Finding time to tinker with new technologies and start a side project isn’t tough to do at Giant Machines thanks to The Studio. The Studio is not an actual space — but rather a space in time.
Giant Machines is a digital product agency that works on a project basis, which provides its teams with downtime between projects. While everyone loves a breather, the company found that spending so much time in a liminal space was taking a toll on its team.
“The bench has ended up as a place filled with uncertainty, ambiguity and directionlessness,” wrote Chief Learning Officer Danny Fenjves in a company blog post.
The Studio is the reinvention of Giant Machines’ process, in which engineers, product managers and designers gather for two-week sprints between projects to work with new tech, develop businesses and create professional development materials. It’s led by Product Director and Studio Head Luke Chamberlin.
It’s thanks to The Studio that Erin Marshall, a software engineer, was able to work with large language models to develop a conversational knowledge management tool that enables her teammates to easily access important project documents.
“This was so fun for me and those who have had the opportunity to work on it,” Marshall said. “It was exciting to use tools that are not just new to us but new in general.”
Giant Machines is a digital product agency whose client roster includes BCG, Bloomberg and ESPN.
Tell us about a project you recently worked on at Giant Machines and what impact it will have on either your team or customers.
We decided to because we had a clear opportunity within our company to work on two things: First, to change the way we think about off-project time. Second, to respond to the immediate needs that we hear from our clients and the market.
I rolled off a healthtech project and had the opportunity to be in The Studio experimenting with a way to securely use private internal data on top of large language models. The idea was to create a tool we’d use ourselves: a knowledge management tool that would help with things like onboarding, offboarding and learning different tech stacks.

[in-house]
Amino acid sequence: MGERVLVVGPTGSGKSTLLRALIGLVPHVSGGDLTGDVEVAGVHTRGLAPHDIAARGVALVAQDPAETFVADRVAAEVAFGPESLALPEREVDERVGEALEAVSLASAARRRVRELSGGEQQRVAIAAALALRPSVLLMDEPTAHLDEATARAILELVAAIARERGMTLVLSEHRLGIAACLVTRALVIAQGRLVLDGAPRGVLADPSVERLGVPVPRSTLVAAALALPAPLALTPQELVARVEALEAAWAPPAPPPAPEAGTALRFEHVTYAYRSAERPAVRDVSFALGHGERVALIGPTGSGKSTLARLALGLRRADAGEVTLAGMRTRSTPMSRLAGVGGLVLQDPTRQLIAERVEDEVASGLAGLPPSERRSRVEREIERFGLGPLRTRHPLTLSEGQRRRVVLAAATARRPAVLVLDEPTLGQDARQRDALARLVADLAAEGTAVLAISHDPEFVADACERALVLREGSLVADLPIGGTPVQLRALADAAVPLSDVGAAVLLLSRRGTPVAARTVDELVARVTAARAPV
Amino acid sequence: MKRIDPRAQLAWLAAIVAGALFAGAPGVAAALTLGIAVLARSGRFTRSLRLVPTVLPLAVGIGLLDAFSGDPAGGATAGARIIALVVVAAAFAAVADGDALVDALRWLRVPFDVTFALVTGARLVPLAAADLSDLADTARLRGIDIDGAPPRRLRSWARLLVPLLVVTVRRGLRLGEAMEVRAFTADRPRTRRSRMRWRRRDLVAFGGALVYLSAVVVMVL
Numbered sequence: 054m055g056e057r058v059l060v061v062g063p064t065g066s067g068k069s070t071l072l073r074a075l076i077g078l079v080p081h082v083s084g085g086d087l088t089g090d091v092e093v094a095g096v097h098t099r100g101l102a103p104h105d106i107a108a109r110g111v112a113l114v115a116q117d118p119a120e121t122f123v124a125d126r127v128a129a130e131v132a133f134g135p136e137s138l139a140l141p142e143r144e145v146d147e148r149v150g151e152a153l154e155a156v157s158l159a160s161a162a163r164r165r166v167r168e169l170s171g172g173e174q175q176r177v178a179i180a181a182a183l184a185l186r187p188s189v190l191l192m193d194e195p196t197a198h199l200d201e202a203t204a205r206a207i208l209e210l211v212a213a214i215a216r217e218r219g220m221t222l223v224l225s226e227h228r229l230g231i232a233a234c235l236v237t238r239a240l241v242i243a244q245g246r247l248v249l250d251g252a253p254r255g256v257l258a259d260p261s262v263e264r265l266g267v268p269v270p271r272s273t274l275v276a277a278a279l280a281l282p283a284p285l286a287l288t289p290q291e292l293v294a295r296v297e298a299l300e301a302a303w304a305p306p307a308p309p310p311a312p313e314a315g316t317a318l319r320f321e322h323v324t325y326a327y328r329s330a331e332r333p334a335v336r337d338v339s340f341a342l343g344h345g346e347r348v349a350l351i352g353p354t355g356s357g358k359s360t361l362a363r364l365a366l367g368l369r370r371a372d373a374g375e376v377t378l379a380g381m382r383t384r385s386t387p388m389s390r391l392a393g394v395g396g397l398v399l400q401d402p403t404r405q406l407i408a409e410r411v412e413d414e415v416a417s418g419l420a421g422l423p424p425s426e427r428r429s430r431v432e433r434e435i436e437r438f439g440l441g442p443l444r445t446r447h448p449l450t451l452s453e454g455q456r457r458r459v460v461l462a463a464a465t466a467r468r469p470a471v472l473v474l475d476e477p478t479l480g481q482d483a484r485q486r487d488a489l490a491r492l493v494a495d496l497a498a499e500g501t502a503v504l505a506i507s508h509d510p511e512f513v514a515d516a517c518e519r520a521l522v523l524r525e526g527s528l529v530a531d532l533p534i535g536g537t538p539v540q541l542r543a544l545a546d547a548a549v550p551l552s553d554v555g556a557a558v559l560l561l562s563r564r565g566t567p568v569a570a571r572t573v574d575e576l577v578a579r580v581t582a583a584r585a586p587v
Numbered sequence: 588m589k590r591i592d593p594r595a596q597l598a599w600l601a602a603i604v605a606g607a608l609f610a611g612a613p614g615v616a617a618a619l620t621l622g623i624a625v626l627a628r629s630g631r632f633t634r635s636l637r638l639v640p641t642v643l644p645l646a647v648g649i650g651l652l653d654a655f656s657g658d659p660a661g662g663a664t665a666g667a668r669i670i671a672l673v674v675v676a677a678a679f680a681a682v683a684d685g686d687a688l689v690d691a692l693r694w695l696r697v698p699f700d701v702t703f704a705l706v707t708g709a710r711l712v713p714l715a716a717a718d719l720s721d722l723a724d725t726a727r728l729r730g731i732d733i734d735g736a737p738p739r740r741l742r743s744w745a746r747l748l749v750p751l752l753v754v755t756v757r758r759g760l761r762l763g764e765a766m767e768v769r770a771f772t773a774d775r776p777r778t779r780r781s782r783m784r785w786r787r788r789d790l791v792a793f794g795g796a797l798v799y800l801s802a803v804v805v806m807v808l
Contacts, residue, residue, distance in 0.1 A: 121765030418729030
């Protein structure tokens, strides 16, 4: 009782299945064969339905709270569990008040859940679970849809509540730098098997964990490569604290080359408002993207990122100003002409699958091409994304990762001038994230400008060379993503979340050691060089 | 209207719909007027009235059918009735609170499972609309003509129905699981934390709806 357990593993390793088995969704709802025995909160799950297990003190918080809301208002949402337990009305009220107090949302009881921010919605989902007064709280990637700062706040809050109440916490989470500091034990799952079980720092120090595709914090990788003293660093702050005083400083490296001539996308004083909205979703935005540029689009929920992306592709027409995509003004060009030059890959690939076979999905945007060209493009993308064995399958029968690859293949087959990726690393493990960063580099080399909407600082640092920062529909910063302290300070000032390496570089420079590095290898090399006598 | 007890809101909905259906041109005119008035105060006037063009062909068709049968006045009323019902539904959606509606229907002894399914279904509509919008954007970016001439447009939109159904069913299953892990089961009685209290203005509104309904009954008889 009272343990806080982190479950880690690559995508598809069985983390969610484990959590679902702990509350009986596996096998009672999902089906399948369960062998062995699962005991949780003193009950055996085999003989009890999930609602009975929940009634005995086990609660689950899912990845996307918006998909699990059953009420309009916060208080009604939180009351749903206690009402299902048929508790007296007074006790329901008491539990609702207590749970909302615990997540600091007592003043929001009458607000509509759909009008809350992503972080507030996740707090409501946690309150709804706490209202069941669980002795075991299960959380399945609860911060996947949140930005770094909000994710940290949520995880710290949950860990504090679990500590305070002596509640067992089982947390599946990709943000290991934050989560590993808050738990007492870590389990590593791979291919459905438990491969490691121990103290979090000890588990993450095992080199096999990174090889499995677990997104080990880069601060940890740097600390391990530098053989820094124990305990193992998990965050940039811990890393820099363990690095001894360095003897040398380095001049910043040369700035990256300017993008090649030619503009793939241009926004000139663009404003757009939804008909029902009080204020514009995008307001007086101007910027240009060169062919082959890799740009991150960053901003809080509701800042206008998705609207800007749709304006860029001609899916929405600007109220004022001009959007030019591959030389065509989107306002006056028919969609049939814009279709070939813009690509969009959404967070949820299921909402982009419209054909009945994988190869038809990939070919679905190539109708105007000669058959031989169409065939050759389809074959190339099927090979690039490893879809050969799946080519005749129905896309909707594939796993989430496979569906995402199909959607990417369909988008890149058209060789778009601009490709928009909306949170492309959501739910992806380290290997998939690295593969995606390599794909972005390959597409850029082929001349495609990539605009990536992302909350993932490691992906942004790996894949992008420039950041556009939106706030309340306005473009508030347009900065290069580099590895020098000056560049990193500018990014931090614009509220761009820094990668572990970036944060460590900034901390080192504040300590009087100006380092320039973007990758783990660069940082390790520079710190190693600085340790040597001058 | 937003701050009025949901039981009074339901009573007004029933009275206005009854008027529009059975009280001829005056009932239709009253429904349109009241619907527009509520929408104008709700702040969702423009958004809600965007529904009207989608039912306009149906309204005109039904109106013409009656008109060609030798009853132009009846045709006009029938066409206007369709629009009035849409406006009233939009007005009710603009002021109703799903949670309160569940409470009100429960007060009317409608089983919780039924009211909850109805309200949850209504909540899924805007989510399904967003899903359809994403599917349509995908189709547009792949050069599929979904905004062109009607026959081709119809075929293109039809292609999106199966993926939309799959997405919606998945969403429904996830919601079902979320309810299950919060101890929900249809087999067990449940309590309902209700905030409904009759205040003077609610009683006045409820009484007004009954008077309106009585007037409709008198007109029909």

What role did you play in developing and launching this knowledge management tool?
I was one of three engineers, along with a designer and a product manager, who spent two weeks seeing how much work we could get done. We gave ourselves a time limit to get real scrappy and keep ourselves honest. I hadn’t really explored artificial intelligence before. We started off with a tool called Postman to make our first API calls, and this served as our initial proof of concept. We then moved on to using a few emerging libraries for LLMs, including Langchain, LlamaIndex and Pinecone to build a tool that interacted with the LLM API.
We were able to build an application that enabled users to access project resources and documents, including GitHub and Notion pages, via a Slackbot. Building it has changed the way we think about off-project time and has moved us into a more comfortable space with these new AI and LLM technologies.
What obstacles did you encounter along the way and how did you successfully overcome them?
A challenge was understanding the practical applications of this technology. Even though the technology is really interesting, the team needed to understand we’re here to build something useful for people. We also had to think through which paths to implementation would provide privacy and accuracy. The technology around LLMs was new to us as engineers, as was this concept of working in The Studio. Everyone was very interested in this opportunity to learn.
What teams did you collaborate with in order to get the knowledge management tool across the finish line?
While we worked with our smaller team in the initial sprint to build the product, we have since seen it grow cross-functionally as different colleagues rotate in and out of The Studio, ensuring everyone can offer a different perspective, strategy or technology application. It’s been very interesting to see. The product is continuing to evolve, and we recently presented it at a company-wide all-hands meeting, which was exciting.
When you think of other companies in your industry, how does Giant Machines compare when it comes to how you build and launch new products?
It's more fun. This is rooted in the culture at Giant Machines, which is characterized by an openness to learning and exploring. This project allowed us the room to experiment, pivot and go in different directions without a client on the other end. We were the clients and still are. It’s been a fun way of learning. We were able to have fascinating conversations and ask technical questions about the implications a tool like this would have in general.